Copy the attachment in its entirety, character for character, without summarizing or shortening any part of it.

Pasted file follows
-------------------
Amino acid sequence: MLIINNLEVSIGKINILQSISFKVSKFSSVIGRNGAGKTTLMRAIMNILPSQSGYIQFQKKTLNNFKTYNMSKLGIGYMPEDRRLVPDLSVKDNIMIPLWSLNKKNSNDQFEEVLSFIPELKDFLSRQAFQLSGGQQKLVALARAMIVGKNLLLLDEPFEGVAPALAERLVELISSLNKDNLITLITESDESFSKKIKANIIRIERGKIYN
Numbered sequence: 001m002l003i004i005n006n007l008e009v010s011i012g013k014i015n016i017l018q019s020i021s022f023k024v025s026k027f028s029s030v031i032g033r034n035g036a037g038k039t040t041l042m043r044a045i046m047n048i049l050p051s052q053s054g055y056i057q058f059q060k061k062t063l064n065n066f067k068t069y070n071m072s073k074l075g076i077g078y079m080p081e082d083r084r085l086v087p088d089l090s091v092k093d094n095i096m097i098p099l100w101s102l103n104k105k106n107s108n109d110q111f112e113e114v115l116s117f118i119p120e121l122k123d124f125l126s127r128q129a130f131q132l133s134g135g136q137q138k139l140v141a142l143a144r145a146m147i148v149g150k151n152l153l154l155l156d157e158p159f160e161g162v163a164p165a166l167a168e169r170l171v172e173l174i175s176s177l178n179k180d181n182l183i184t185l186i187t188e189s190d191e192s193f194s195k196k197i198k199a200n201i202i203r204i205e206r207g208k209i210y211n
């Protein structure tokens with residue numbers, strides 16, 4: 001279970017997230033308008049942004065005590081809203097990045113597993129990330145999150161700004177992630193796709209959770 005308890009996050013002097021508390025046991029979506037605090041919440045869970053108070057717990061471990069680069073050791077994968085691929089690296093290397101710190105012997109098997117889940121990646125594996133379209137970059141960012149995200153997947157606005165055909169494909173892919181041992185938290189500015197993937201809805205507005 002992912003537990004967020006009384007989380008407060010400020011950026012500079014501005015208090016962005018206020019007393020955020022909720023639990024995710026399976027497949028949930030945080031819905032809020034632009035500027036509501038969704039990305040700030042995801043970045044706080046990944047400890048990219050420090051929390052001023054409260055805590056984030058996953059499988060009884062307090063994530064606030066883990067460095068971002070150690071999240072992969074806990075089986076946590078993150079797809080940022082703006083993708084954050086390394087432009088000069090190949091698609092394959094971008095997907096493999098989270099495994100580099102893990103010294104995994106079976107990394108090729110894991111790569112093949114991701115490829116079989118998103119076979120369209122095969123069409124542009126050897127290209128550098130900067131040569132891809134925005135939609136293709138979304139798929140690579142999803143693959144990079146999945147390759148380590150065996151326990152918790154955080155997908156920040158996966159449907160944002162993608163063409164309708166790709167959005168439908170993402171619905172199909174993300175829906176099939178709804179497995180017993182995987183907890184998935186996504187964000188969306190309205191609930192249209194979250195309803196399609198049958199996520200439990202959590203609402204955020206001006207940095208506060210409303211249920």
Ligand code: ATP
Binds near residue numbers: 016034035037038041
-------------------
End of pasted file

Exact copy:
Amino acid sequence: MLIINNLEVSIGKINILQSISFKVSKFSSVIGRNGAGKTTLMRAIMNILPSQSGYIQFQKKTLNNFKTYNMSKLGIGYMPEDRRLVPDLSVKDNIMIPLWSLNKKNSNDQFEEVLSFIPELKDFLSRQAFQLSGGQQKLVALARAMIVGKNLLLLDEPFEGVAPALAERLVELISSLNKDNLITLITESDESFSKKIKANIIRIERGKIYN
Numbered sequence: 001m002l003i004i005n006n007l008e009v010s011i012g013k014i015n016i017l018q019s020i021s022f023k024v025s026k027f028s029s030v031i032g033r034n035g036a037g038k039t040t041l042m043r044a045i046m047n048i049l050p051s052q053s054g055y056i057q058f059q060k061k062t063l064n065n066f067k068t069y070n071m072s073k074l075g076i077g078y079m080p081e082d083r084r085l086v087p088d089l090s091v092k093d094n095i096m097i098p099l100w101s102l103n104k105k106n107s108n109d110q111f112e113e114v115l116s117f118i119p120e121l122k123d124f125l126s127r128q129a130f131q132l133s134g135g136q137q138k139l140v141a142l143a144r145a146m147i148v149g150k151n152l153l154l155l156d157e158p159f160e161g162v163a164p165a166l167a168e169r170l171v172e173l174i175s176s177l178n179k180d181n182l183i184t185l186i187t188e189s190d191e192s193f194s195k196k197i198k199a200n201i202i203r204i205e206r207g208k209i210y211n
């Protein structure tokens with residue numbers, strides 16, 4: 001279970017997230033308008049942004065005590081809203097990045113597993129990330145999150161700004177992630193796709209959770 005308890009996050013002097021508390025046991029979506037605090041919440045869970053108070057717990061471990069680069073050791077994968085691929089690296093290397101710190105012997109098997117889940121990646125594996133379209137970059141960012149995200153997947157606005165055909169494909173892919181041992185938290189500015197993937201809805205507005 002992912003537990004967020006009384007989380008407060010400020011950026012500079014501005015208090016962005018206020019007393020955020022909720023639990024995710026399976027497949028949930030945080031819905032809020034632009035500027036509501038969704039990305040700030042995801043970045044706080046990944047400890048990219050420090051929390052001023054409260055805590056984030058996953059499988060009884062307090063994530064606030066883990067460095068971002070150690071999240072992969074806990075089986076946590078993150079797809080940022082703006083993708084954050086390394087432009088000069090190949091698609092394959094971008095997907096493999098989270099495994100580099102893990103010294104995994106079976107990394108090729110894991111790569112093949114991701115490829116079989118998103119076979120369209122095969123069409124542009126050897127290209128550098130900067131040569132891809134925005135939609136293709138979304139798929140690579142999803143693959144990079146999945147390759148380590150065996151326990152918790154955080155997908156920040158996966159449907160944002162993608163063409164309708166790709167959005168439908170993402171619905172199909174993300175829906176099939178709804179497995180017993182995987183907890184998935186996504187964000188969306190309205191609930192249209194979250195309803196399609198049958199996520200439990202959590203609402204955020206001006207940095208506060210409303211249920």
Ligand code: ATP
Binds near residue numbers: 016034035037038041